Lewis used his time to talk about homelessness. He's the only council member who will not chair a standing committee. Instead, he'll lead the select committee on homelessness and be one of two Seattle City Council members on the governing board of the Regional Homelessness Authority. Lewis told The Stranger that Gonzalez will be the other governing board member.
Speaking of committees...
The council voted on and approved standing committees yesterday. From Seattle City Council Insight:
Herbold will chair the Public Safety and Human Services Committee which "will oversee the Seattle Police Department, the Seattle Fire Department, the Office of Emergency Management, and the Human Service Department."
Morales will chair the Community Economic Development Committee which "will oversee the Office of Economic Development and the Office for Civil Rights, and focus on small business development and support, workforce development, arts, and cultural activities, film and music, and the Equitable Development Initiative."
Sawant will chair the Sustainability and Renters’ Rights Committee which will "oversee the Office of Sustainability and Environment, and take the lead on the city’s Green New Deal and tenant protections."
Pedersen will be chairing the Transportation and Utilities Committee which will oversee the Department of Transportation, Seattle City Light, and Seattle Public Utilities. This responsibility, as Daniel Beekman at the Seattle Times pointed out, accounts for over half of the city's budget.
Juarez will keep her old committee, the Public Assets and Native Communities Committee, that oversees the Parks Department, the Office of the Waterfront, Seattle Public Libraries, Seattle Center, and focuses on issues related to Native Americans.
Strauss will chair the Land Use and Neighborhoods Committee that "will handle land use and zoning issues, the upcoming update to the city’s Comprehensive Plan, and oversee the Department of Construction and Inspections, the Office of Planning and Community Development, and the Office of Neighborhoods."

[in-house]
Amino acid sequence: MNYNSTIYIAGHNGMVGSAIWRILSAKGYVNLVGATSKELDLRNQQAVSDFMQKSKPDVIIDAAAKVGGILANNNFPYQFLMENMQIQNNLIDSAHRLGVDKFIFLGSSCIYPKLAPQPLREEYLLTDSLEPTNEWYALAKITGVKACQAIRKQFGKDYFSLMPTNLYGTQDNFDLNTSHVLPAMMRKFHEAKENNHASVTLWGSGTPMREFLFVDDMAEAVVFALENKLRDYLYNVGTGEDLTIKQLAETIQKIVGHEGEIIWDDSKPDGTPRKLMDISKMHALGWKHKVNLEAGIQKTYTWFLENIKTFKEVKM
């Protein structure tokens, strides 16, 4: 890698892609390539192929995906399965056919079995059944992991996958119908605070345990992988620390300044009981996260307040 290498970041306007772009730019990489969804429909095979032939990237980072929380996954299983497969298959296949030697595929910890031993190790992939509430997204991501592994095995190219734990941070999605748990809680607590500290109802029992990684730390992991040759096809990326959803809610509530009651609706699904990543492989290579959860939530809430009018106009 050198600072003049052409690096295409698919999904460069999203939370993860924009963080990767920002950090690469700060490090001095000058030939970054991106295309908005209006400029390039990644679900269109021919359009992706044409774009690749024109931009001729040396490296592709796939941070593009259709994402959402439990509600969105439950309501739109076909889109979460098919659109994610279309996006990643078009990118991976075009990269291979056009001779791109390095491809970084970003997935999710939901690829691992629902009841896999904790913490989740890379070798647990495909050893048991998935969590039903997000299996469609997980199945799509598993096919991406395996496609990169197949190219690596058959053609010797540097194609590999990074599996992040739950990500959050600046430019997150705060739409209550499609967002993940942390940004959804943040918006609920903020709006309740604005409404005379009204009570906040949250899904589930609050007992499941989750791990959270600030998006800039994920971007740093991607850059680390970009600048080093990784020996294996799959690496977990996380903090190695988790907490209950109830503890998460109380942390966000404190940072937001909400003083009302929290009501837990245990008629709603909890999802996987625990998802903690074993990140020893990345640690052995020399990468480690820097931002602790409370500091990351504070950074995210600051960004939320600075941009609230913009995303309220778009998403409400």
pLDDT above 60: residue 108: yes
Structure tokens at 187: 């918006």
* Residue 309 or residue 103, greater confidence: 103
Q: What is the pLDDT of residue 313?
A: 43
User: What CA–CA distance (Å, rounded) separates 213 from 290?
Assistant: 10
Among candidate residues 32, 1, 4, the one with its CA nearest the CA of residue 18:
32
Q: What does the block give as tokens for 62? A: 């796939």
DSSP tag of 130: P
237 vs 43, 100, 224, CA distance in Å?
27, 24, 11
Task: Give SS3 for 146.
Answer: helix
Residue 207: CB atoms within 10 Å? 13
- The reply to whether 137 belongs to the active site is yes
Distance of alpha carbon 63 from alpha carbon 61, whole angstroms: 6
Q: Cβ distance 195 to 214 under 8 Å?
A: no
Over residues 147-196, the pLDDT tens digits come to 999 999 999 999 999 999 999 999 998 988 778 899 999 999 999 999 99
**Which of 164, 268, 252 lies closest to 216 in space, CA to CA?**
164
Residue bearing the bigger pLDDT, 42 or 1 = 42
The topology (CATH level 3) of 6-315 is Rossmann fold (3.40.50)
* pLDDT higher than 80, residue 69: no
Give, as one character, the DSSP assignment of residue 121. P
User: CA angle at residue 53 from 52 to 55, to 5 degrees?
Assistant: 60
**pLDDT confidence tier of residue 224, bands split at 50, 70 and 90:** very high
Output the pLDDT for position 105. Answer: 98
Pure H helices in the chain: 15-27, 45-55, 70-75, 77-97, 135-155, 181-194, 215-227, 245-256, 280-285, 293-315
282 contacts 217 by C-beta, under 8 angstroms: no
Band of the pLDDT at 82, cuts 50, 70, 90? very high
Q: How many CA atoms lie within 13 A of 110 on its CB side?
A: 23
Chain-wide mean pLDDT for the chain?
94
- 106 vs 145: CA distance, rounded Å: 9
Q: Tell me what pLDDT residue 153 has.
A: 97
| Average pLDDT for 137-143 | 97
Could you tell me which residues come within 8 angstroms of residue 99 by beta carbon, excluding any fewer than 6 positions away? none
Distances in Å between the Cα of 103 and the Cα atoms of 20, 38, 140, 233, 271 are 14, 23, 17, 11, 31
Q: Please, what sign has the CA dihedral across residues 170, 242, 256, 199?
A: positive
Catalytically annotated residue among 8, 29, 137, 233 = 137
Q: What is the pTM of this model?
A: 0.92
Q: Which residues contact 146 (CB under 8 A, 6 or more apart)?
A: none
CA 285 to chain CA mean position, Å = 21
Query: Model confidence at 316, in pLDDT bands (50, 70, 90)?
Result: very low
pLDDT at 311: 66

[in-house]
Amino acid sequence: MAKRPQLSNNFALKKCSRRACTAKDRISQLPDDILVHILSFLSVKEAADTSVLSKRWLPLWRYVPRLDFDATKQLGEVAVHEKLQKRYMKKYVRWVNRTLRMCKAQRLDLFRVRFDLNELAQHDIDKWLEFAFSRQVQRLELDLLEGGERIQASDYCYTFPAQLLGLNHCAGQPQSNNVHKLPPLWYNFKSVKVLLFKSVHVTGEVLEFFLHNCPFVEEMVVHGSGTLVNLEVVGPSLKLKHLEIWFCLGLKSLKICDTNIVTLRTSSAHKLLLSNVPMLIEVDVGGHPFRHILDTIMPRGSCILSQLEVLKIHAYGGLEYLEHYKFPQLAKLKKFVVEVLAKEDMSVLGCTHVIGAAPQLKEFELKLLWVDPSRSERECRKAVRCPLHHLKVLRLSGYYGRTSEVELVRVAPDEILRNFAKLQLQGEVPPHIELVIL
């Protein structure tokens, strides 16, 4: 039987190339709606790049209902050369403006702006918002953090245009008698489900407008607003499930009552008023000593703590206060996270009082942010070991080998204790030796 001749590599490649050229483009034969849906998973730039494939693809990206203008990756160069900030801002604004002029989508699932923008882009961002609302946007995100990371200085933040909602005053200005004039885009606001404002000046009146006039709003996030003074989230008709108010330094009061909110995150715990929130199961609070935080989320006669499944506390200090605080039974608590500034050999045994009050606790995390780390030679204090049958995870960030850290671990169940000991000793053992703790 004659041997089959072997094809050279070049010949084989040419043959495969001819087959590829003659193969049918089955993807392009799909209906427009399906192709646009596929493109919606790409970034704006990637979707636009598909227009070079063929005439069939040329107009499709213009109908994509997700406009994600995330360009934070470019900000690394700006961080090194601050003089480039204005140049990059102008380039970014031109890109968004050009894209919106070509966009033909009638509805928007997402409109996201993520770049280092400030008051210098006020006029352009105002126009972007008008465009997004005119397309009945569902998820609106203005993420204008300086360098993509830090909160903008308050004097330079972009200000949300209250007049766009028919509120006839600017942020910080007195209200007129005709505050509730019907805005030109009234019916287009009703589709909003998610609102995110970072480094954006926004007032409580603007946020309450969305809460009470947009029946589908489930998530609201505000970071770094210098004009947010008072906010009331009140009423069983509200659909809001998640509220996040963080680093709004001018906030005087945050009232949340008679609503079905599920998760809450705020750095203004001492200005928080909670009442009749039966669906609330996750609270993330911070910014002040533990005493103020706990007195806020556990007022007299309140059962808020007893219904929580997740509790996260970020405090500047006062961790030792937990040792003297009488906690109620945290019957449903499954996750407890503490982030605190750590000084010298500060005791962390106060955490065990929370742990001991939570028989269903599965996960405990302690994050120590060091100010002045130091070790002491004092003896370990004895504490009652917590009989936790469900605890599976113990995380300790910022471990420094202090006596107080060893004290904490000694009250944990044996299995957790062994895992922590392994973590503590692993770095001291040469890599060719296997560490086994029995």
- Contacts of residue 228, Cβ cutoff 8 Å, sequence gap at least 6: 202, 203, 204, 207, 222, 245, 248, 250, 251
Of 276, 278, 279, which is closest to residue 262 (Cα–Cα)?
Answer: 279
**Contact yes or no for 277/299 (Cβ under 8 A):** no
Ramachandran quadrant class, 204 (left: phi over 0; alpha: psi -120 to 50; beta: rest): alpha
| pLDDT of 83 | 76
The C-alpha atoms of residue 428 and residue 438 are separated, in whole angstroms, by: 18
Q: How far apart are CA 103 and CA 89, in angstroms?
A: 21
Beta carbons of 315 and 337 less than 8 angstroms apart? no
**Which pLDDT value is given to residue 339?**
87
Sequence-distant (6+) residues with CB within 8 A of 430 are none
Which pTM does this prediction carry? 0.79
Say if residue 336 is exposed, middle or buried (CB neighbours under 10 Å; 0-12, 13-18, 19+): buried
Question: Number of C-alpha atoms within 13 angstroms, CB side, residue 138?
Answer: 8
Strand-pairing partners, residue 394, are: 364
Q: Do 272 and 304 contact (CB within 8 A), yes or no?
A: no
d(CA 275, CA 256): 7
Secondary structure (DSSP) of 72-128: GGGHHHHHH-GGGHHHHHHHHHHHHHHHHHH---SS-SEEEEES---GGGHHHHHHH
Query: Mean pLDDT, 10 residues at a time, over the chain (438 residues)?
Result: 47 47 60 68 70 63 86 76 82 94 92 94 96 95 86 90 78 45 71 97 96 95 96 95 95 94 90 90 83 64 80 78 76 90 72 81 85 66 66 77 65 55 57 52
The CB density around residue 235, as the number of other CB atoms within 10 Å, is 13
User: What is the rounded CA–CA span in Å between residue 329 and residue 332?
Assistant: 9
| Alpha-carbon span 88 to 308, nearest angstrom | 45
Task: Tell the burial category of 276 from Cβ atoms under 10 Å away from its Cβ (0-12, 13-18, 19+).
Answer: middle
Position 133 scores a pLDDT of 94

Council Member Teresa Mosqueda will be chairing the Finance and Housing Committee. She will oversee the budget.
Gonzalez will chair the Governance and Education Committee which will "oversee the Office of Intergovernmental Relations, The City Auditor, the Hearing Examiner, the Office of the Employee Ombud, the Seattle Ethics and Elections Committee, the Office of Immigrant and Refugee Affairs, and the Department of Education and Early Learning."
This leaves Mosqueda and Gonzalez with the most power on the council.
Mosqueda is currently on maternity leave and will be back sometime in February. Gonzalez will be leaving for maternity leave starting Jan. 13 and returning on March 23.
"I just wanted to point out how cool it is that I am the second council member in three months and the history of the City of Seattle to request maternity leave," Gonzalez said.
In her absence, the council had to agree on a schedule of interim (or pro-tem, if we're using the lingo) council presidents. Herbold will cover the position in the latter part of January, followed by Juarez in February and Mosqueda in March.